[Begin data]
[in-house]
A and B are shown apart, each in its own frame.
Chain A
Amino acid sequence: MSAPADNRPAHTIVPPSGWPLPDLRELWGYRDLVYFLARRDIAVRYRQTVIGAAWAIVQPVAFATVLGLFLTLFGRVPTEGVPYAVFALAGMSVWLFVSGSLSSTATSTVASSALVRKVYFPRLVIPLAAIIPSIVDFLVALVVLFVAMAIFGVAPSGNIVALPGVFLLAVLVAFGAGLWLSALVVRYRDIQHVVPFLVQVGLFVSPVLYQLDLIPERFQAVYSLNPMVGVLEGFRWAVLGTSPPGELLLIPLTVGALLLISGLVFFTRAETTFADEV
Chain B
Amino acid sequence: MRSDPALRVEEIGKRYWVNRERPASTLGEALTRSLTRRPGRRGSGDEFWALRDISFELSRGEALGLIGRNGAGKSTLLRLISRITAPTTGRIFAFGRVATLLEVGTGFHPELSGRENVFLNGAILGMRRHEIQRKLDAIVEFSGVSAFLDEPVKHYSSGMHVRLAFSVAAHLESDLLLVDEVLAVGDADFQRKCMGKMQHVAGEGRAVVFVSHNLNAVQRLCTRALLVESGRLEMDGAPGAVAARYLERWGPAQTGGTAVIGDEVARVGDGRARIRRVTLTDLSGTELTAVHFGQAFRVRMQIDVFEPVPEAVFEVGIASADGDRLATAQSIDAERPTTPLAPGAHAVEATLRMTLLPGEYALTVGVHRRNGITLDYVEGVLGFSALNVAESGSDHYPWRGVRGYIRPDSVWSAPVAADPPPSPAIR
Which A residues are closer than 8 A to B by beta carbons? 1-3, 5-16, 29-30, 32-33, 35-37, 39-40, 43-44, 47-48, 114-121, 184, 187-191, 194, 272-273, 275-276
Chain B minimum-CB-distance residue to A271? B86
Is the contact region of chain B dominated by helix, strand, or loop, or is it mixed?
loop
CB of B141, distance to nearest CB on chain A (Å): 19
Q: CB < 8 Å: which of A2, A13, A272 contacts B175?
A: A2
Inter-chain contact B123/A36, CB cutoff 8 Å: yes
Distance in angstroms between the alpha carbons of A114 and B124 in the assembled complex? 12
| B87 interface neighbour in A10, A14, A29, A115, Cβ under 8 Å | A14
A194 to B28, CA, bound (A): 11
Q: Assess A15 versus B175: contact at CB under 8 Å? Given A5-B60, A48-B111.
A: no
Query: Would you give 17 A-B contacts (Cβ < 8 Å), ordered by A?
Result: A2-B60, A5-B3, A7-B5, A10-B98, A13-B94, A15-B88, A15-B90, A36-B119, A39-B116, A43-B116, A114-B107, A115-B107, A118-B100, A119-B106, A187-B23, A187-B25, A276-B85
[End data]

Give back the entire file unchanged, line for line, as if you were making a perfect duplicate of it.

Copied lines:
[in-house]
A and B are shown apart, each in its own frame.
Chain A
Amino acid sequence: MSAPADNRPAHTIVPPSGWPLPDLRELWGYRDLVYFLARRDIAVRYRQTVIGAAWAIVQPVAFATVLGLFLTLFGRVPTEGVPYAVFALAGMSVWLFVSGSLSSTATSTVASSALVRKVYFPRLVIPLAAIIPSIVDFLVALVVLFVAMAIFGVAPSGNIVALPGVFLLAVLVAFGAGLWLSALVVRYRDIQHVVPFLVQVGLFVSPVLYQLDLIPERFQAVYSLNPMVGVLEGFRWAVLGTSPPGELLLIPLTVGALLLISGLVFFTRAETTFADEV
Chain B
Amino acid sequence: MRSDPALRVEEIGKRYWVNRERPASTLGEALTRSLTRRPGRRGSGDEFWALRDISFELSRGEALGLIGRNGAGKSTLLRLISRITAPTTGRIFAFGRVATLLEVGTGFHPELSGRENVFLNGAILGMRRHEIQRKLDAIVEFSGVSAFLDEPVKHYSSGMHVRLAFSVAAHLESDLLLVDEVLAVGDADFQRKCMGKMQHVAGEGRAVVFVSHNLNAVQRLCTRALLVESGRLEMDGAPGAVAARYLERWGPAQTGGTAVIGDEVARVGDGRARIRRVTLTDLSGTELTAVHFGQAFRVRMQIDVFEPVPEAVFEVGIASADGDRLATAQSIDAERPTTPLAPGAHAVEATLRMTLLPGEYALTVGVHRRNGITLDYVEGVLGFSALNVAESGSDHYPWRGVRGYIRPDSVWSAPVAADPPPSPAIR
Which A residues are closer than 8 A to B by beta carbons? 1-3, 5-16, 29-30, 32-33, 35-37, 39-40, 43-44, 47-48, 114-121, 184, 187-191, 194, 272-273, 275-276
Chain B minimum-CB-distance residue to A271? B86
Is the contact region of chain B dominated by helix, strand, or loop, or is it mixed?
loop
CB of B141, distance to nearest CB on chain A (Å): 19
Q: CB < 8 Å: which of A2, A13, A272 contacts B175?
A: A2
Inter-chain contact B123/A36, CB cutoff 8 Å: yes
Distance in angstroms between the alpha carbons of A114 and B124 in the assembled complex? 12
| B87 interface neighbour in A10, A14, A29, A115, Cβ under 8 Å | A14
A194 to B28, CA, bound (A): 11
Q: Assess A15 versus B175: contact at CB under 8 Å? Given A5-B60, A48-B111.
A: no
Query: Would you give 17 A-B contacts (Cβ < 8 Å), ordered by A?
Result: A2-B60, A5-B3, A7-B5, A10-B98, A13-B94, A15-B88, A15-B90, A36-B119, A39-B116, A43-B116, A114-B107, A115-B107, A118-B100, A119-B106, A187-B23, A187-B25, A276-B85